Zotac GTX-1060 Mini review

While all the cards in this guide are ideal gaming companions for the average-sized desktop, owners of smaller cases can feel a little left out. Both Palit and Zotac now offer smaller versions of the GTX-1060, but Zotac was the first to the market with its GTX-1060 Mini.

The Zotac Mini manages to squeeze some decent gaming performance in its 174 x 111 mm dimensions. It has a 1506MHz base clock speed with a 1709MHz boost, both of which are the stock GP106 GPU speeds.

Zotac has, however, made it a 6GB GDDR5 card, with a memory clock speed of 2002 MHz. For those of you who like numbers and specifications, the Mini has 1,280 Cuda cores, a memory bandwidth of 192.2GB/S, a pixel rate of 72GPixel/s, a texture rate of 120GTexel/s and a floating point performance value of 3,855 GLOPS.


While this isn’t great compared to some of the other cards in the guide, Zotac has done a good job of keeping everything at its stock value and with 6GB of memory while limiting its size. It could easily have dropped the clock speeds and shipped it with just 3GB of memory.

Obviously, due to the size of the Mini, you only get a single fan to help with the cooling of the card. This is a limiting factor for those who want to overclock the card to extreme limits, although to be fair, you can tweak the performance ever so slightly via the accompanying software. On the plus side, the single fan does an excellent job of keeping the card cool while under operation, and behind the fan and the chassis you’ll find a specially designed ‘sunflower’ heatsink to more evenly distribute the heat.

In short, the cooling works well. We tested it in a smaller case, and although the fan was slightly louder than the other models on test, it wasn’t enough to distract from gaming or watching any content. For those with high-performance media centres, the Zotac Mini may well be your ideal graphics option.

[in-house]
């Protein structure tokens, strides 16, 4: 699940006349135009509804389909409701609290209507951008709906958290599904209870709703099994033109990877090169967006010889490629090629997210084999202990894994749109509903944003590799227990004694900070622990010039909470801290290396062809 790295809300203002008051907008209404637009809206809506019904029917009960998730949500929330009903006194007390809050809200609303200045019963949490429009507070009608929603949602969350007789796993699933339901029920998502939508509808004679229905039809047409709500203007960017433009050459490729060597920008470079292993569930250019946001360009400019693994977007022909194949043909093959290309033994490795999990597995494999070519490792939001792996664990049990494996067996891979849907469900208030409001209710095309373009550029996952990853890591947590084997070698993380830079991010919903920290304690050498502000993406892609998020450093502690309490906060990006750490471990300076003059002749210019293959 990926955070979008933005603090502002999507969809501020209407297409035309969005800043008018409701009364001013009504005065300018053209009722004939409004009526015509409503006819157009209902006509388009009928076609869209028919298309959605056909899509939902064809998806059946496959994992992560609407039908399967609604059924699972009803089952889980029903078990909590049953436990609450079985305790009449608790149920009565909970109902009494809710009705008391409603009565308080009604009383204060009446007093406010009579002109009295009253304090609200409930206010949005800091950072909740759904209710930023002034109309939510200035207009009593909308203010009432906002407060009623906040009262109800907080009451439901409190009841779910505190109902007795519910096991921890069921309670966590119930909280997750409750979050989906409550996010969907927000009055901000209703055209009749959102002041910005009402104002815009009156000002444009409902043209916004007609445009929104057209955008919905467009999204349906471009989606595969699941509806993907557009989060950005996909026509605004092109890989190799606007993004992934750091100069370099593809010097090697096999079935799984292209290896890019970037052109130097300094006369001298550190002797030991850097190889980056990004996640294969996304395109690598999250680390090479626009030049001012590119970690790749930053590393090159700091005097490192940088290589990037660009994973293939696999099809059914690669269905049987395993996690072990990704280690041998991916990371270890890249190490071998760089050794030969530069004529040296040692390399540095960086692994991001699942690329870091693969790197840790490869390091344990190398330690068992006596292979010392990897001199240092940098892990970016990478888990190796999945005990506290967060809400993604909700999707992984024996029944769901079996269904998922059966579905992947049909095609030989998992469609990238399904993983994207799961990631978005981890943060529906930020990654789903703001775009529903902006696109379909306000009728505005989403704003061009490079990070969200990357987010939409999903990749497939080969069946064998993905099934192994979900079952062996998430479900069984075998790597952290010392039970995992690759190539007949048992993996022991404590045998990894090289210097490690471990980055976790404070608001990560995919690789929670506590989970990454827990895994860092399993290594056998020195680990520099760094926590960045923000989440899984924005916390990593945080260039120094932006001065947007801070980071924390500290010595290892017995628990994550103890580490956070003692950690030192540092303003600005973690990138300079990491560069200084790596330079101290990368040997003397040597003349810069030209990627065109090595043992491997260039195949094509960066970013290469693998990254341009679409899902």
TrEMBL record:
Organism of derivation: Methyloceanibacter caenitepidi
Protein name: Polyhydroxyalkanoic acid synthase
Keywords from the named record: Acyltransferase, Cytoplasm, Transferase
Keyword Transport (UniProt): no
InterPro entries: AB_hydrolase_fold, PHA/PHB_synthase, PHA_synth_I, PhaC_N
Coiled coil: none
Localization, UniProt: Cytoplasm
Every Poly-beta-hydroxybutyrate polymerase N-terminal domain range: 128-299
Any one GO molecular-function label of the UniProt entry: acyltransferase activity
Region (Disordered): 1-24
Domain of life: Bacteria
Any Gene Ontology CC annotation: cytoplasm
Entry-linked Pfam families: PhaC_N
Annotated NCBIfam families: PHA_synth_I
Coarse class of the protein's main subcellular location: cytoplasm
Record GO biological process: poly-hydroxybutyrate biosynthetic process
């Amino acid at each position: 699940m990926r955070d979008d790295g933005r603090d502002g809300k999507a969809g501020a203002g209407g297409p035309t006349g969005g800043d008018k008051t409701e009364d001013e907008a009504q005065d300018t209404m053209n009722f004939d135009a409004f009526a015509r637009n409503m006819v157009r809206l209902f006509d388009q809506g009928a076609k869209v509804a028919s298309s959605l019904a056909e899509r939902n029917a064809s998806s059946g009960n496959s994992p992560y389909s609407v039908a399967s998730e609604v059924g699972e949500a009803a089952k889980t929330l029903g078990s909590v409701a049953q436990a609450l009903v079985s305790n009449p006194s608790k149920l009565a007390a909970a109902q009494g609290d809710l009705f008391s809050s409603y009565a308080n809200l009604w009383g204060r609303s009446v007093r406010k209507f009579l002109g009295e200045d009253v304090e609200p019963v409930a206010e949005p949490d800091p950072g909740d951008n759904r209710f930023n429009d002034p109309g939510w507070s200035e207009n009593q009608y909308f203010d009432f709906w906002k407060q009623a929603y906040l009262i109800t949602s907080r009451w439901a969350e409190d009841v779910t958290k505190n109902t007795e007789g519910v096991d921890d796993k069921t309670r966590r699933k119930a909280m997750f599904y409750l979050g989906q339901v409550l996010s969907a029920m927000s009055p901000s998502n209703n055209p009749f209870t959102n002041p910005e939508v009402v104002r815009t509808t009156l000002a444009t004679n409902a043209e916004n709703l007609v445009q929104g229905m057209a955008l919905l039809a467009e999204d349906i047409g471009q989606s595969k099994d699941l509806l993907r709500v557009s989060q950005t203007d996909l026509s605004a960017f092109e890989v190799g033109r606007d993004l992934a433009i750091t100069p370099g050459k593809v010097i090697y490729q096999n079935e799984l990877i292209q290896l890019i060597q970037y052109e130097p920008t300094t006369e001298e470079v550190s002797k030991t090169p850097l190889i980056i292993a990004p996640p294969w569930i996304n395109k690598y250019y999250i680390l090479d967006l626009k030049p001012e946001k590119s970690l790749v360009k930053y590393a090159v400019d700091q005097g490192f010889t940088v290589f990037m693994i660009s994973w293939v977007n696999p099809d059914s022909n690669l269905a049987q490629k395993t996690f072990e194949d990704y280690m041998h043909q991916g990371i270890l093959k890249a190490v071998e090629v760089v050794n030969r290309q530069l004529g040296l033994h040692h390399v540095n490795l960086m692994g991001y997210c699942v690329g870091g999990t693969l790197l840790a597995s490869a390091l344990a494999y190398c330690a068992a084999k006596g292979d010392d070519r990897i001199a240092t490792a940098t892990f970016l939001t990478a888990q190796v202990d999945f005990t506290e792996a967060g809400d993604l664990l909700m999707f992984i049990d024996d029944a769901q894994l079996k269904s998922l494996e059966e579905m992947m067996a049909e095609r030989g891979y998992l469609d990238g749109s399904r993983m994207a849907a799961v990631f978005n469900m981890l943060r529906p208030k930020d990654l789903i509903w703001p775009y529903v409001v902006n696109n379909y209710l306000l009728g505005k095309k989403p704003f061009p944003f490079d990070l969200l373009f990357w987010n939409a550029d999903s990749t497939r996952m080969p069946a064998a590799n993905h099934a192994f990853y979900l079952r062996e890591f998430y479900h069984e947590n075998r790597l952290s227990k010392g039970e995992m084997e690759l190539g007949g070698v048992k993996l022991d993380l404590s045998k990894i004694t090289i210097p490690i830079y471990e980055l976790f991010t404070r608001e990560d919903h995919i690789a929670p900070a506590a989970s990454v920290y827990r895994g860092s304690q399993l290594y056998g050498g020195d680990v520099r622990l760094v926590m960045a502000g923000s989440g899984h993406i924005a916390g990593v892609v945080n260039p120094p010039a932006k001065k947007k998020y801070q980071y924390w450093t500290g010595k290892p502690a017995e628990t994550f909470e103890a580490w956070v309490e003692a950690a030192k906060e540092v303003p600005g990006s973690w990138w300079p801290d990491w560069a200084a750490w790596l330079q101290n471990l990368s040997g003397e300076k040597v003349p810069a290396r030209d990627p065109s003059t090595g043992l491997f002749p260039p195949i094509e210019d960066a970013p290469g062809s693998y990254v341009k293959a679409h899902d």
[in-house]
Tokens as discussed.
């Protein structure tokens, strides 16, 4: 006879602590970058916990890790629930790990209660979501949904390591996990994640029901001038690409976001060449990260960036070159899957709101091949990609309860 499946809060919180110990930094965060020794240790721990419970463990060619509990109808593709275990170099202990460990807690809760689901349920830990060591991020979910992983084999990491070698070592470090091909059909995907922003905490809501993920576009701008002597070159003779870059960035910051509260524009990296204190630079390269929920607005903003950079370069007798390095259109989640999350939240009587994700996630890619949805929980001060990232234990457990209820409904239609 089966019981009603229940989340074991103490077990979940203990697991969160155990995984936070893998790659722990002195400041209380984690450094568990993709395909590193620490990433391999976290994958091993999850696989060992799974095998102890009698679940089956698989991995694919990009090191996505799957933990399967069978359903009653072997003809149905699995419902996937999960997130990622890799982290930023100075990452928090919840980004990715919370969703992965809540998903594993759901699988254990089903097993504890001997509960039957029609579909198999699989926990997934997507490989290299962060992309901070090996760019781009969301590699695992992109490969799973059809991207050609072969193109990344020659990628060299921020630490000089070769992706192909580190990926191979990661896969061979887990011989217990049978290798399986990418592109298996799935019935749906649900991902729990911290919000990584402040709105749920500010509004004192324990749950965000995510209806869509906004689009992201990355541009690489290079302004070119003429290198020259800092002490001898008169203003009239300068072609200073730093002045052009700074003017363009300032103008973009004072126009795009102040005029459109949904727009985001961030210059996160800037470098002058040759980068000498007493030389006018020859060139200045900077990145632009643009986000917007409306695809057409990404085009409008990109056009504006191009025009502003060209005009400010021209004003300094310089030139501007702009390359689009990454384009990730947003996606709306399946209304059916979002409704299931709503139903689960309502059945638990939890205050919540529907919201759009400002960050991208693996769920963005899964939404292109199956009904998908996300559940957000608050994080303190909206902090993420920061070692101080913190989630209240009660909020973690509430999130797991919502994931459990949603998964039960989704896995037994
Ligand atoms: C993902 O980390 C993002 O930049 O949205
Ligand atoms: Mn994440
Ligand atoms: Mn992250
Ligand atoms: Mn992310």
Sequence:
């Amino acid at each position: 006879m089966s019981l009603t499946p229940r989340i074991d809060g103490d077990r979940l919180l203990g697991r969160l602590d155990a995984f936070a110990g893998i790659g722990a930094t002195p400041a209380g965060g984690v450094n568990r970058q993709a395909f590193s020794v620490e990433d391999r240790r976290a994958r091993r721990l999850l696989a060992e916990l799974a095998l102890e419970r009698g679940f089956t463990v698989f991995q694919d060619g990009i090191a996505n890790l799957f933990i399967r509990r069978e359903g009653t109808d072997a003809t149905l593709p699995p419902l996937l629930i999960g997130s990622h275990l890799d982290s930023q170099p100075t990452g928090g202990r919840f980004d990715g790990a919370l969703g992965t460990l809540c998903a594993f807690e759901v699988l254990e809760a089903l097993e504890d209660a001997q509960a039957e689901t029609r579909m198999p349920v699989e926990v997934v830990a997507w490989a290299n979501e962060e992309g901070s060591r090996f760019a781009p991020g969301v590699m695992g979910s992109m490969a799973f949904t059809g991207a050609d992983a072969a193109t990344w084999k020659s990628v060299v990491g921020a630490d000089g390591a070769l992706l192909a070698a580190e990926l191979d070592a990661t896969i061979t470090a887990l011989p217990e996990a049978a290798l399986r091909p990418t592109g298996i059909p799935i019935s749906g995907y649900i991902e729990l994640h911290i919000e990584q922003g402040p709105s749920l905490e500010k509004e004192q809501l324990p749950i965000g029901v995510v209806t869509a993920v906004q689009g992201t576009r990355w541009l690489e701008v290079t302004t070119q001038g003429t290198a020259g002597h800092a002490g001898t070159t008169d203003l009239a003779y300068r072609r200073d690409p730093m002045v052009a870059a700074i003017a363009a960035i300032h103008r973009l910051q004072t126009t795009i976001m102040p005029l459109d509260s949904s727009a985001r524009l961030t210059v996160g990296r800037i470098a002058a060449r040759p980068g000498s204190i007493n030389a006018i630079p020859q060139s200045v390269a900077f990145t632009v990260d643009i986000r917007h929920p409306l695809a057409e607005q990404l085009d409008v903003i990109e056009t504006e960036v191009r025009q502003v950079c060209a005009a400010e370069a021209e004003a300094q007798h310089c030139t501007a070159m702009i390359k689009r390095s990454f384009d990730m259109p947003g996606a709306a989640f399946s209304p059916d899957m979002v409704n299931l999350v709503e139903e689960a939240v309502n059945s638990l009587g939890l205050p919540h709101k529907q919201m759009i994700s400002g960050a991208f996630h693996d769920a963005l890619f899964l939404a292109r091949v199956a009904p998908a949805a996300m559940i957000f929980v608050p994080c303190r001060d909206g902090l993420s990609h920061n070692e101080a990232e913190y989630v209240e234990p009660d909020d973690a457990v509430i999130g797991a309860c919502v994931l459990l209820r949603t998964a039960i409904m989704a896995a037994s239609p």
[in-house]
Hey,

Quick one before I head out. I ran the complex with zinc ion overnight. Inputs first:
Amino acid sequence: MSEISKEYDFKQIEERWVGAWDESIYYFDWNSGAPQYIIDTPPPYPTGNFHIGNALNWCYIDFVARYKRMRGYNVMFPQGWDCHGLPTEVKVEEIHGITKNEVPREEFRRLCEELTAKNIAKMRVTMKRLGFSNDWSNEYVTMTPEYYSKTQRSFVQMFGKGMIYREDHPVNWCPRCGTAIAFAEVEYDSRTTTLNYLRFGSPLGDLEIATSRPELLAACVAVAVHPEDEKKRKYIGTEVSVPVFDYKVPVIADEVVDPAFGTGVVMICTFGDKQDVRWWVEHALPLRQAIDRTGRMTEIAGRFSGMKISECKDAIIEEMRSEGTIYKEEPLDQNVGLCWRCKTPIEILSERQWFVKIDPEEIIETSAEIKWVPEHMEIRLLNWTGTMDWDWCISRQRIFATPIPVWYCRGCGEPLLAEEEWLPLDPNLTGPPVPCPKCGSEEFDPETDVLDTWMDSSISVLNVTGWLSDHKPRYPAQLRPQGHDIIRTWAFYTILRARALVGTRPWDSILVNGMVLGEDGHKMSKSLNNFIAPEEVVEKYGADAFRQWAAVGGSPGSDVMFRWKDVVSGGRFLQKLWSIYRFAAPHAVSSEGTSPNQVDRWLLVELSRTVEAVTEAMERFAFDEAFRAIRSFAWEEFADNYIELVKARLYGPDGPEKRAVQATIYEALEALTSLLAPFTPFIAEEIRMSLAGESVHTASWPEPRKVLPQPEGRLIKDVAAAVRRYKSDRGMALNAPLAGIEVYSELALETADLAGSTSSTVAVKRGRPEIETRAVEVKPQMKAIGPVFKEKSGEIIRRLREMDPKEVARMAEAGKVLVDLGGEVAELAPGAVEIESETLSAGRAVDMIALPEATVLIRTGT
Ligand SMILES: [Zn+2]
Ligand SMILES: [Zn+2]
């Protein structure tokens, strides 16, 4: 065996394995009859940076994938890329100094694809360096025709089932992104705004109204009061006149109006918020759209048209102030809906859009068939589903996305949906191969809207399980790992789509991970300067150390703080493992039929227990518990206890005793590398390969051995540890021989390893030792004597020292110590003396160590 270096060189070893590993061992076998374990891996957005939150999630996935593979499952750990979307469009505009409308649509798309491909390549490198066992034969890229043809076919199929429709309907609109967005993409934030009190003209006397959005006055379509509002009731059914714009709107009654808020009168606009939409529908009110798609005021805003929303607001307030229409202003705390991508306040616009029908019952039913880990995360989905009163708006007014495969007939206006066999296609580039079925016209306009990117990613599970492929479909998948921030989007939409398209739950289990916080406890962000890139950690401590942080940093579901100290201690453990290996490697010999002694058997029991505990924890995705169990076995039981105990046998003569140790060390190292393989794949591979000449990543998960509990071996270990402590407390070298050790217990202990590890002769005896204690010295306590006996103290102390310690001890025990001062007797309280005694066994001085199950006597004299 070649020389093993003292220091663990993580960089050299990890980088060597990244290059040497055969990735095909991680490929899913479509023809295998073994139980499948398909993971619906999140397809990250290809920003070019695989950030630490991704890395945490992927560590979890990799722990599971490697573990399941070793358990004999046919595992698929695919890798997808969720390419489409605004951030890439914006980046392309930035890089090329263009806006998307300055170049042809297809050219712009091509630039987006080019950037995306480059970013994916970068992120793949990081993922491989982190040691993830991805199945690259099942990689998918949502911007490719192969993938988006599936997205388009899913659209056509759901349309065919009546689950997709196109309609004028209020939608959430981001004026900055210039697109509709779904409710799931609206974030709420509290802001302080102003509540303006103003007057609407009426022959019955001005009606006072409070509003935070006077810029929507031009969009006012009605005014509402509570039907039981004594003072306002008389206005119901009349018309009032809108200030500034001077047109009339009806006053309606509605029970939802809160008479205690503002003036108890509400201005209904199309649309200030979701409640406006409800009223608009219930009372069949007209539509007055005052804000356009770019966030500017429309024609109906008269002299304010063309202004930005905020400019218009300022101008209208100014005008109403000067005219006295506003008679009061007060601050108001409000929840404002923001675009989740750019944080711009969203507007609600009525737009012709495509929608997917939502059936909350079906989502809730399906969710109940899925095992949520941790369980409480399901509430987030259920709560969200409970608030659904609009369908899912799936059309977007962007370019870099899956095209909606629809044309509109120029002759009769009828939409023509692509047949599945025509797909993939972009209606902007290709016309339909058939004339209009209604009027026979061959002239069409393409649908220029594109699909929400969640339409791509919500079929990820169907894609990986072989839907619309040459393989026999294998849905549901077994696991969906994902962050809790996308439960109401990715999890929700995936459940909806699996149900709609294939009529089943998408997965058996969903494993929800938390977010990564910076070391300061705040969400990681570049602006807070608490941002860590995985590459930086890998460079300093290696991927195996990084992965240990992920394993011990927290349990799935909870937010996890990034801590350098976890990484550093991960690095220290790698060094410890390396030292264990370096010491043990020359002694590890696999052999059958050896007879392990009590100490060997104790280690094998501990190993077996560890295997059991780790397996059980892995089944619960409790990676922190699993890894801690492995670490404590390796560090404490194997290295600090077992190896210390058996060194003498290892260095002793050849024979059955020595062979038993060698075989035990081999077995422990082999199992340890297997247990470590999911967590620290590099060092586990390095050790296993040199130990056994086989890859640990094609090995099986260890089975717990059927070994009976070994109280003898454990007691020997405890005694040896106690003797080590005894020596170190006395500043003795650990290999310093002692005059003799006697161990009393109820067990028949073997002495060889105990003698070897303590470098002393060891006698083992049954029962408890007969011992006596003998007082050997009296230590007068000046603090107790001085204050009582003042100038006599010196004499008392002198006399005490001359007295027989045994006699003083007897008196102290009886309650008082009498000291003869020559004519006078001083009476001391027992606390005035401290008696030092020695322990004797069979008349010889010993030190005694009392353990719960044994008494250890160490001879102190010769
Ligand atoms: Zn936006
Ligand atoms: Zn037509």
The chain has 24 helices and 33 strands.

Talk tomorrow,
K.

As for gaming performance, the Mini did okay. It’ll never be able to compete with higher-end models, but it didn’t do too badly. Doom at 1080 ran at 87fps, but at 4K it dropped to a practically unplayable 22fps. GTA V at 1080 was 90fps, while at 4K that number dropped to just 17fps.

To test the media abilities of the Mini, which we admittedly didn’t test too much with the other cards, we did enjoy 4K YouTube content without any problems. So while 4K gaming is out of the question with the Mini, you can still get away with 4K movies and the like.

The Zotac GTX-1060 Mini isn’t going to win the best gaming card award anytime soon, but it’s not a bad graphics card for media centers or other small PCs. It’s also comparatively cheap at just £230.

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ZOTAC GeForce GTX 1060 Mini 6GB GDDR5 Super Compact Graphics Card (ZT-P10600A-10L)

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Last update was in: 2017-06-20 11:55 am


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Zotac GTX-1060 Mini review

It’ll never be able to compete with higher-end models

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